Navigation, in essence, is any process of controlling a craft or vehicle to make it from point A to point B. The word "navigate" originally comes from the Sanskrit word "navigath," meaning to move or direct. Ancient people used the stars to find their way from one place to another and to map their location relative to the world. In the Christian story about the birth of Christ, Joseph and Mary navigated their way from Jerusalem to Bethlehem by using a bright star. Christopher Columbus discovered the Americas by navigating the Atlantic Ocean with the use of constellations. It wasn’t until the invention of the radio that navigation really took off with the help of electronic devices to give locations, directions, and time.
Aviation uses many kinds of navigation. The most reliable is the Global Positioning System or GPS, which uses the help of four to five satellites to give altitude, position, and time to anyone holding or possessing a receiver. A GPS receiver can be accurate within up to 5 feet of your actual position. That’s a 99.7 success rate compared to other forms of navigation.
VORs would be the second most common form of navigation today. It stands for very high frequency omni-directional beacon radio. In layman's terms, it is a rotating beacon that is oriented to magnetic north and broadcasts an outward signal in all 360 degrees.
One part of the signal is always oriented to magnetic north, while the other part of the signal is constantly changing direction. A receiver in the airplane picks off the signals and determines the phase timing to plot the position of the aircraft relative to the ground station. Less commonly used are NDBs, or non-directional beacons. They work much like a VOR, but determine just the strength of the signal, which is just broadcasted. It then uses the help of an ADF instrument (automatic direction finder) on the aircraft to locate a direction to the station on the ground.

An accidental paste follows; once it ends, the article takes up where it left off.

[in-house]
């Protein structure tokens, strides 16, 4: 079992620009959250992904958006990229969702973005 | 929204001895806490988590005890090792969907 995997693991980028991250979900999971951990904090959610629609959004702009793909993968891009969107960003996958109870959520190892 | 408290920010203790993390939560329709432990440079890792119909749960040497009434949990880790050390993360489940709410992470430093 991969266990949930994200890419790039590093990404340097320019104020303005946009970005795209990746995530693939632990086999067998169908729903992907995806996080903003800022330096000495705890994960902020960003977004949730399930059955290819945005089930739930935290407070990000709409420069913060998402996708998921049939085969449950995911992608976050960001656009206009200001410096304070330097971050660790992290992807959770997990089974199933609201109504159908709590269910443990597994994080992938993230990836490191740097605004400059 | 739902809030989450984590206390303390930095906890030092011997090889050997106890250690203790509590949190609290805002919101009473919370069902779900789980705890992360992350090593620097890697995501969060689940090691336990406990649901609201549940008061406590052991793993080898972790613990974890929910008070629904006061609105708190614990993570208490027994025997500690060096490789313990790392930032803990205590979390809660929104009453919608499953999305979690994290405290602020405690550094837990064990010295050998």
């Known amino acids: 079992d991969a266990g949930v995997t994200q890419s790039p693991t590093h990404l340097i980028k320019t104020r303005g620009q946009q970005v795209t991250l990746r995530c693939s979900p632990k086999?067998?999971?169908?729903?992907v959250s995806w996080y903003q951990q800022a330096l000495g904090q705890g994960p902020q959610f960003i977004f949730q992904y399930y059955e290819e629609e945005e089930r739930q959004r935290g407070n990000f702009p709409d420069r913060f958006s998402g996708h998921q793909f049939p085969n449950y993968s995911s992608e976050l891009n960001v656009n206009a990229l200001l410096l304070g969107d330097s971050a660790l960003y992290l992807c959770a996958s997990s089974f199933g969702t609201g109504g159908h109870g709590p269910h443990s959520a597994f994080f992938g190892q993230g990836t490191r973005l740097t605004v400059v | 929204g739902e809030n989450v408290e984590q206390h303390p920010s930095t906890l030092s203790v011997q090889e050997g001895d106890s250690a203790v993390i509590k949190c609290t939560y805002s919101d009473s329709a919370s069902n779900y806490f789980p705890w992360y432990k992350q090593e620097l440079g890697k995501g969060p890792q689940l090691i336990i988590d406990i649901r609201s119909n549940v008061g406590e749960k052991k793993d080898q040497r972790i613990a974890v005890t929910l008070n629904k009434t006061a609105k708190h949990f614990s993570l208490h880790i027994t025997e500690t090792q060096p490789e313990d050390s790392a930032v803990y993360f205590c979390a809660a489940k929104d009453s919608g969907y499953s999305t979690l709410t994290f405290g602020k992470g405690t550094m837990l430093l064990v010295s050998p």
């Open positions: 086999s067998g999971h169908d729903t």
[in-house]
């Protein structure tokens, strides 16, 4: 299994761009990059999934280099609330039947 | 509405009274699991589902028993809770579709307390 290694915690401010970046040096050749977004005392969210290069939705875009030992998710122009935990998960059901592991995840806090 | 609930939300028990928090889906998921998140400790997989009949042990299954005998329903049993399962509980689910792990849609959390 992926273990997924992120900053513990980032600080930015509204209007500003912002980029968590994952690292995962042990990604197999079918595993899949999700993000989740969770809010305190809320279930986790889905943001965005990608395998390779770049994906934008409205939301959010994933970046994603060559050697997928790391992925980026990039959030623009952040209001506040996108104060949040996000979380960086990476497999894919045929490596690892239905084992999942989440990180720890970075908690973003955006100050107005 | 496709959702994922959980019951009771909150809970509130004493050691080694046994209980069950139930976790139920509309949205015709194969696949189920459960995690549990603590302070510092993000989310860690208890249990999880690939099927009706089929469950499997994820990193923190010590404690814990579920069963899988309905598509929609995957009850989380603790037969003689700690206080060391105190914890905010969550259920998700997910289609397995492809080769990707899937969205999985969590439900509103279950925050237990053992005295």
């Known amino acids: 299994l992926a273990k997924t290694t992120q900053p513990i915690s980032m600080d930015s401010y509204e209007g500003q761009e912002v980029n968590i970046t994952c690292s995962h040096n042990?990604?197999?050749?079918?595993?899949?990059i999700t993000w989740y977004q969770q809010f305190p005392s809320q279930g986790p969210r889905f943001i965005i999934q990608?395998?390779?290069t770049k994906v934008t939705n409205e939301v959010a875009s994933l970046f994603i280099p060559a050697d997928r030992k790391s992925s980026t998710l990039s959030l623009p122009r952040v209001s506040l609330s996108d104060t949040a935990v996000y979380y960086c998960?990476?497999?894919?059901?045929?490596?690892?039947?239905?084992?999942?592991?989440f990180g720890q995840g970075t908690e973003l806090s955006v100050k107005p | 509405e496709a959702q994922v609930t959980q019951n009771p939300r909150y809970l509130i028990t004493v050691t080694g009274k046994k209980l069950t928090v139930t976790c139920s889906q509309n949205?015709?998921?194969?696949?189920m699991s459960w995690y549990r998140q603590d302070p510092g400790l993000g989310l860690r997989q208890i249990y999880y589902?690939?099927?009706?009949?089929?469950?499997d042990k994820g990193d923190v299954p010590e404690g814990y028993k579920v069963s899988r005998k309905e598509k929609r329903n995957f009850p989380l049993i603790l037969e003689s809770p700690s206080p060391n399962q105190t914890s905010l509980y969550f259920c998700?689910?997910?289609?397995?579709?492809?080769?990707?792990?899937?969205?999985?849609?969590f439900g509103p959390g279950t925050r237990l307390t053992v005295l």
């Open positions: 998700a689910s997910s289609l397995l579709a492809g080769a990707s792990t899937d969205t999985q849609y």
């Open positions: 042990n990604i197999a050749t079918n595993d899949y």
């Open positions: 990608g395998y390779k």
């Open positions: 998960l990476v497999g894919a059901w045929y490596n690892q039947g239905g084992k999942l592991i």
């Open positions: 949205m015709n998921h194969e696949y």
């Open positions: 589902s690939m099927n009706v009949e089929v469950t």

Pilots without any form of electronic navigating device can use more traditional methods of navigation like dead reckoning or pilotage. Dead reckoning is when a pilot uses outside landmarks or ground references such as lakes or mountains to determine their position on a chart. A pilotage is when a pilot uses ground speed, position, or distance to determine any one of those three.
Navigation is perhaps one of the most used things in today’s world. Driving your car down the road and reading a street sign is a form of navigation. Route numbers, traffic lights, and finding your way to your terminal in an airport are all forms of navigation. In a world becoming increasingly more globalized, navigation is becoming more of a necessity.